What's a guy with four employees going to do? Hire a GRC team? And engage one of us extremely expensive security consultants for what, 700 an hour? What's with the actions here?

Paul Roberts: Yeah, it's interesting. As we're talking, I know that the Senate passed the Ukraine funding bill and I know in the House version of that bill did include the TikTok ban, that was one of the concessions that was made.

It's really interesting because as we're talking, I was like, actually, that TikTok ban may have actually just passed through Congress and be on its way to President Biden, but I don't know. But yes, there's definitely a school of thought these days, which is, we need more regulation, we need more controls over software security and data privacy and data security.

Tarah Wheeler: Ah, let me stop you really quick. Six minutes ago, Biden signed it into law six minutes ago.

Paul Roberts: Okay. So that TikTok ban is now the law of the land.

Tarah Wheeler: I know. We're here. This is happening. This is, and there's elements of national security involved. I just wanted to stop you to say look, this is happening all the time as we are all trying to deal with everything. I'm still trying to deal with like the tax bill for Q2 and like looking at that right now, and this is coming at me, right?

Every small business owner has the same exact emotion, like more?

Paul Roberts: Right, even though there's a strong argument to be made that there needs to be more regulation around cybersecurity, but often, as you said, the impact of that on small-, mid-size businesses that aren't in the business of cybersecurity is overlooked.

And I think that was behind the piece that you wrote around the SEC's case against SolarWinds, not that SolarWinds is an SMB, but that case was really about these new rules around materiality and cyber incidents that companies that are publicly traded and governed by the SEC need to consider materiality with cyber breaches and basically that they can't look the other way anymore. But your piece really said, are we really ready for the implications of this if this is to become the new standard? Talk a little bit about that.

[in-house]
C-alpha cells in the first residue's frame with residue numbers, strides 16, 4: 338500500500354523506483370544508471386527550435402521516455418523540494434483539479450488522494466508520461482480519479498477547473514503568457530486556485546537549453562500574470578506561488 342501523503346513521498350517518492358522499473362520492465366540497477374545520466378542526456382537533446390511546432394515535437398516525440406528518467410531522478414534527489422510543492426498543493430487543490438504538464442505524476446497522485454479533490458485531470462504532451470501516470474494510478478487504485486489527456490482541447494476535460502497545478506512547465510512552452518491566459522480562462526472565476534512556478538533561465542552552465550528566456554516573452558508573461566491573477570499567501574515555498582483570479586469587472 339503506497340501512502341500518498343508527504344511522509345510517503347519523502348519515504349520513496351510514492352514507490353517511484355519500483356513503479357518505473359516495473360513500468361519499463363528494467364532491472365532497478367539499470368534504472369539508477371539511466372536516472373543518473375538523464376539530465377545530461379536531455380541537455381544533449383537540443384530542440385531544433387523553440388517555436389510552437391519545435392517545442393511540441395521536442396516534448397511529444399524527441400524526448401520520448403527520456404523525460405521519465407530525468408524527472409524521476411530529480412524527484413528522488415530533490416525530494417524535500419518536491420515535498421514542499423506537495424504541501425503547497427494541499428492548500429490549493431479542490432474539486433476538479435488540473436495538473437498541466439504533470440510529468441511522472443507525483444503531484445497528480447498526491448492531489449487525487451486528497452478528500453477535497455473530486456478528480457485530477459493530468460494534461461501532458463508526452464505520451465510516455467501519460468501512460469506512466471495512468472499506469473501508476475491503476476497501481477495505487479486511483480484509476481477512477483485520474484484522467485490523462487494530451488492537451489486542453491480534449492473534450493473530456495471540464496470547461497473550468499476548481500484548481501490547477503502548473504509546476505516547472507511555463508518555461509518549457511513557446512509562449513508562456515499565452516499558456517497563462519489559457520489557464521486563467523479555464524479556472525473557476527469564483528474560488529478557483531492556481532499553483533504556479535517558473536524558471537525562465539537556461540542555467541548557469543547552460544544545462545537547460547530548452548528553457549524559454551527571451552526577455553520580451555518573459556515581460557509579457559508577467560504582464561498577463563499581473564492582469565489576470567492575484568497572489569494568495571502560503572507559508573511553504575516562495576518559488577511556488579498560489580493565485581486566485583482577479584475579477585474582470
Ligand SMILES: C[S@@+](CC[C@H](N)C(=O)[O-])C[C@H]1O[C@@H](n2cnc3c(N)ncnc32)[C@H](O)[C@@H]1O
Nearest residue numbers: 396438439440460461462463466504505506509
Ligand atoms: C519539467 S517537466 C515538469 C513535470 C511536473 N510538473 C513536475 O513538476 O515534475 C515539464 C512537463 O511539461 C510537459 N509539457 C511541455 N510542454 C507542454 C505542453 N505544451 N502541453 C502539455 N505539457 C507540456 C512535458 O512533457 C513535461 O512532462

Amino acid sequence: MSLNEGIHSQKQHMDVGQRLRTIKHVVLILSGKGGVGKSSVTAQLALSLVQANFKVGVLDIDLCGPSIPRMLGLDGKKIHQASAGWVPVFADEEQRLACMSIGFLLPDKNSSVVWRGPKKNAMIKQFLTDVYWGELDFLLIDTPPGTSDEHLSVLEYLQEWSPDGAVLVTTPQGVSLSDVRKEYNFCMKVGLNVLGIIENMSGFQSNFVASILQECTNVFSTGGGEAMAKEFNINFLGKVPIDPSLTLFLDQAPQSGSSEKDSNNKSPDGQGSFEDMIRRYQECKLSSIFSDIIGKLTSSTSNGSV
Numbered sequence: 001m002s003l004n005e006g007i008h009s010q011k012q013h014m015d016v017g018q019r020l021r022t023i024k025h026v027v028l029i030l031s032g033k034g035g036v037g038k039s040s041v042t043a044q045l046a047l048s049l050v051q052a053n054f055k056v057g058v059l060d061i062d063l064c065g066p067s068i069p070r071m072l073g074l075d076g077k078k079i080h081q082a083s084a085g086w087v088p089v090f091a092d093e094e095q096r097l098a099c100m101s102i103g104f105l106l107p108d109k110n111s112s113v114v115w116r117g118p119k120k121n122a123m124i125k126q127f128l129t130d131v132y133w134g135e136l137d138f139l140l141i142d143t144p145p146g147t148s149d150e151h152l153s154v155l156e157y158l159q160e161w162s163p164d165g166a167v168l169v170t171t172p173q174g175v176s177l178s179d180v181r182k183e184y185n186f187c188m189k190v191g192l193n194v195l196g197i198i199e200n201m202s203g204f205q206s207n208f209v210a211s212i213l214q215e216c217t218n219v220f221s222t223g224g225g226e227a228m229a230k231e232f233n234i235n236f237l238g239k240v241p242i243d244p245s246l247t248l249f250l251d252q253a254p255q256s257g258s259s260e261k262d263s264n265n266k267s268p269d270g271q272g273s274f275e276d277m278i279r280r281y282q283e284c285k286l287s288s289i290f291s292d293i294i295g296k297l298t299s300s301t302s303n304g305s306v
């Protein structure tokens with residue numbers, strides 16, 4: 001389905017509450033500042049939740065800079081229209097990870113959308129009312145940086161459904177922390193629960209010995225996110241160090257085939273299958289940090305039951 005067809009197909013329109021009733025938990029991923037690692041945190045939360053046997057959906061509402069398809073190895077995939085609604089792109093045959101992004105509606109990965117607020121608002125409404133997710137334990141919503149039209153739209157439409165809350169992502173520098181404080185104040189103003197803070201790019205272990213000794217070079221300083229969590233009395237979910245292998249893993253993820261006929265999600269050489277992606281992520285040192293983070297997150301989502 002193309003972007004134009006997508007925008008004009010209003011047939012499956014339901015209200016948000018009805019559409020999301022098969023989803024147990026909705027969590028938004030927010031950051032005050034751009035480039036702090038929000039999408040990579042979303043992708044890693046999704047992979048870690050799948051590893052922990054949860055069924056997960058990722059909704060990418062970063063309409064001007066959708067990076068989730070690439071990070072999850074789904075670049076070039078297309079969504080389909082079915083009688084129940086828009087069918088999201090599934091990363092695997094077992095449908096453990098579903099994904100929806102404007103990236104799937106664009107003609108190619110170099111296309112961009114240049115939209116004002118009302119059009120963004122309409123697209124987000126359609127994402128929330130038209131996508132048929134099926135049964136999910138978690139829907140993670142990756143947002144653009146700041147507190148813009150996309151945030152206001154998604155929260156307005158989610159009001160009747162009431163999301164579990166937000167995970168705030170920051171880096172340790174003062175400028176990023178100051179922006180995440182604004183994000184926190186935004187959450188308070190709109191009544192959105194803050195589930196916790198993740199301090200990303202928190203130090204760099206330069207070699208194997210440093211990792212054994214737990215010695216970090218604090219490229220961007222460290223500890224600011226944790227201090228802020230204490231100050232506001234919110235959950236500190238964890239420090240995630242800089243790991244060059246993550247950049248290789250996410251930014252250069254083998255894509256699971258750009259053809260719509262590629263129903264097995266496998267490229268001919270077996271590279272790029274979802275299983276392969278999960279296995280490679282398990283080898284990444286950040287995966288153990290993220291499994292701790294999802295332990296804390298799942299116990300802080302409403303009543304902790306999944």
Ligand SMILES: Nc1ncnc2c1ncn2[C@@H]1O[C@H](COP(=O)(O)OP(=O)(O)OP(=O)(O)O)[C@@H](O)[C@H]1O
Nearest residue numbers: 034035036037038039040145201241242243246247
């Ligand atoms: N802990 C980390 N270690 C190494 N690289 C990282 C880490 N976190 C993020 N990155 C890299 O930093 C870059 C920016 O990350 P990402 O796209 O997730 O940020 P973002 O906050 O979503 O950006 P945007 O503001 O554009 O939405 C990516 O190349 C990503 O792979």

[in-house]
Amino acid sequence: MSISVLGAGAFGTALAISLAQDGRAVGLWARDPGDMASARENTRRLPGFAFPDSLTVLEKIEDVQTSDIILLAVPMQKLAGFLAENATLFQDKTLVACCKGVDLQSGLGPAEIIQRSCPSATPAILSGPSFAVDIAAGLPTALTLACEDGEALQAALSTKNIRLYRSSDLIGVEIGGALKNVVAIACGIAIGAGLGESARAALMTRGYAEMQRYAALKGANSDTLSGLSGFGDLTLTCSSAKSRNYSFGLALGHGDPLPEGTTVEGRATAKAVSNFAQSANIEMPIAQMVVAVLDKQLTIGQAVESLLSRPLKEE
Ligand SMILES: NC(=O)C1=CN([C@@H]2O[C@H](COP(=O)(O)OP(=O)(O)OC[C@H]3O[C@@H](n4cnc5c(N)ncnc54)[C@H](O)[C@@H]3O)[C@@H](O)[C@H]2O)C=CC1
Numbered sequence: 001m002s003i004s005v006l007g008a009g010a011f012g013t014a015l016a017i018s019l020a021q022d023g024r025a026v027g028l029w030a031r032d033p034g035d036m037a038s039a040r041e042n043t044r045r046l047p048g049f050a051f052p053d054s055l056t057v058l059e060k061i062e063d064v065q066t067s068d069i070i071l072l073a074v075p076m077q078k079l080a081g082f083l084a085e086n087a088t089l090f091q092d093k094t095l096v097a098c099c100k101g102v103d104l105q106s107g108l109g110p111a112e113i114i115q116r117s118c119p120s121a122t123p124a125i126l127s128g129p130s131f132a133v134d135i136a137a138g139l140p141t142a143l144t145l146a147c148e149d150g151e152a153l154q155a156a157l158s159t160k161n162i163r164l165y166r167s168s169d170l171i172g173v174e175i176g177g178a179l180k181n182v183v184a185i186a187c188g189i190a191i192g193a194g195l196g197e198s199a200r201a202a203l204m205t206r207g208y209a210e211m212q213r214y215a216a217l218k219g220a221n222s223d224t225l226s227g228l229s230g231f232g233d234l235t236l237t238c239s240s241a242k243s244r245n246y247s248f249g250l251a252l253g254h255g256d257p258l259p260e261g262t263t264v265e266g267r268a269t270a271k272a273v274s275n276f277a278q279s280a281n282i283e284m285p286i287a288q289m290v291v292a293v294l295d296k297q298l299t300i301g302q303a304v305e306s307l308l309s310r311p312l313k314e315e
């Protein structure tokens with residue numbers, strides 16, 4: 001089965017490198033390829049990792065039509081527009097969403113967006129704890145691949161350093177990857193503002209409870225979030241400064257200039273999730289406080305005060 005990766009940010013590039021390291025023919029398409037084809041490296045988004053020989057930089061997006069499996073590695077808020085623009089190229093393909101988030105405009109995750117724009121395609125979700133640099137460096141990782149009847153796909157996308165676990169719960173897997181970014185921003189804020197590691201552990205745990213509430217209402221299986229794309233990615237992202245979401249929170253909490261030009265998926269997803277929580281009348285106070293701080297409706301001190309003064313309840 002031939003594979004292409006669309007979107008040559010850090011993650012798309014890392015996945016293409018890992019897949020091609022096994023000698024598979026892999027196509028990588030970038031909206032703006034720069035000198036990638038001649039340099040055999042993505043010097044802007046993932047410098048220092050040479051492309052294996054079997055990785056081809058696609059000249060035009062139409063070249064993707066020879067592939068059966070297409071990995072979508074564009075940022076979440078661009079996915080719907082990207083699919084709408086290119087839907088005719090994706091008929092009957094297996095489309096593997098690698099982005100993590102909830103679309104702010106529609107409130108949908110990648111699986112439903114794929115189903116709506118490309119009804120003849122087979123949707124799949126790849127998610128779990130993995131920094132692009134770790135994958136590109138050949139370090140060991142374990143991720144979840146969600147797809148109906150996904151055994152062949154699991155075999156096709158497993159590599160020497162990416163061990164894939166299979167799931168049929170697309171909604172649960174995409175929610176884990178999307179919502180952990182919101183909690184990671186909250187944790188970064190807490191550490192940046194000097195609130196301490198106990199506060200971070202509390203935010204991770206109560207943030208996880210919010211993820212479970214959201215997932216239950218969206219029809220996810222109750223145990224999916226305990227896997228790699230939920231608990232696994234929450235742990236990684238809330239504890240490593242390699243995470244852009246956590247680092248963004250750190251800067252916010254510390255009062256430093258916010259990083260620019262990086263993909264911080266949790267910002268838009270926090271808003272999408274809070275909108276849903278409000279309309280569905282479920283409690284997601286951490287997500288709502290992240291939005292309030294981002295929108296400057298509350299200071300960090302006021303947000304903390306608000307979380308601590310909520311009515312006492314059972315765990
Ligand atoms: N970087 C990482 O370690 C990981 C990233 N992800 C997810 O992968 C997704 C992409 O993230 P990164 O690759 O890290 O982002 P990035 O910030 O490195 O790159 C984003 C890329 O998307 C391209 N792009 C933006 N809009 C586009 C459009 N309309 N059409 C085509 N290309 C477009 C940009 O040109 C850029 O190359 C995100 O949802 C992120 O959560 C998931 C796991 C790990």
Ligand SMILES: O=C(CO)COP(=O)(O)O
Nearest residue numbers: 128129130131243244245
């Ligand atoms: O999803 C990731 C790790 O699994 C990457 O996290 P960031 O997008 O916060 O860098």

Tarah Wheeler: I'm more than happy to. Oh, by the way folks, I'm not a journalist, I'm a tech policy person, and a person who does this kind of work on an everyday basis and my day job is nitty gritty of cybersecurity, but I'm here to tell you that I made a mistake in that article.

I said that the CEO and CISO of SolarWinds were getting prosecuted. And also. What happened? How does the CISO get prosecuted for SolarWinds and nobody in their chain gets prosecuted at the same time? Was this person operating as a rogue agent? I don't think so. And so one of the things I said in the article was, I thought I had been the CISO and the CEO.

I made a mistake in the article. And, Like minutes after it goes live I got an angry email from the PR firm hired by SolarWinds to correct it that the CEO wasn't who was under prosecution, it was the entire company. And I was like, bro, this is not better. I'll fix it, but this is not better, you know that right? So, that's really the challenge is I looked at it and I was like we're not even ready for handling how we message around this kind of thing and that's because does it make any sense to claim that somebody who is, you know being paid by a leadership structure limited by that leadership structure told that they can and can't do by that leadership structure, informed about what acceptable risk is by the board, that person in the middle at L2 of a large company is the only one getting prosecuted by name in a situation like that.

This, there's a lot of arguments to say that there, there may be people who are acting in a way that may be problematic. But how on Earth, to this day, was Joe Sullivan prosecuted and Travis Kalanick wasn't at Uber? How, to this day, do we see that? We're not ready for the implications of this because people don't understand enough about the CISO role and about cybersecurity in an organization to say that we can prosecute that person by themselves.

There's a lot more I want to say, but let me just pause here and say, are you still surprised about Joe getting prosecuted and not Travis?

Paul Roberts: From what I understand about the way that decisions get made within enterprises or, software producers or software consumers around cybersecurity, of course. Yeah, because you know that there is no buck-stops-here when it comes to decisions around cyber risk, right?

There are chains of command, and often it is either the most senior levels of the organization —whether that's a CEO or the board of directors who are making decisions about how much to invest in defense, how much to invest in remediation, what to do. So yes, absolutely. And in fact, if I recall, the CISO at SolarWinds, who was named by the SEC, was actually not the acting CISO at the time of the SolarWinds breach.

That role had changed, and so it was just the acting CISO at the time that the SEC decided to bring charges. Which is even more problematic. It's it wasn't me, it was this other person. Whole bunch of problems with that, yeah.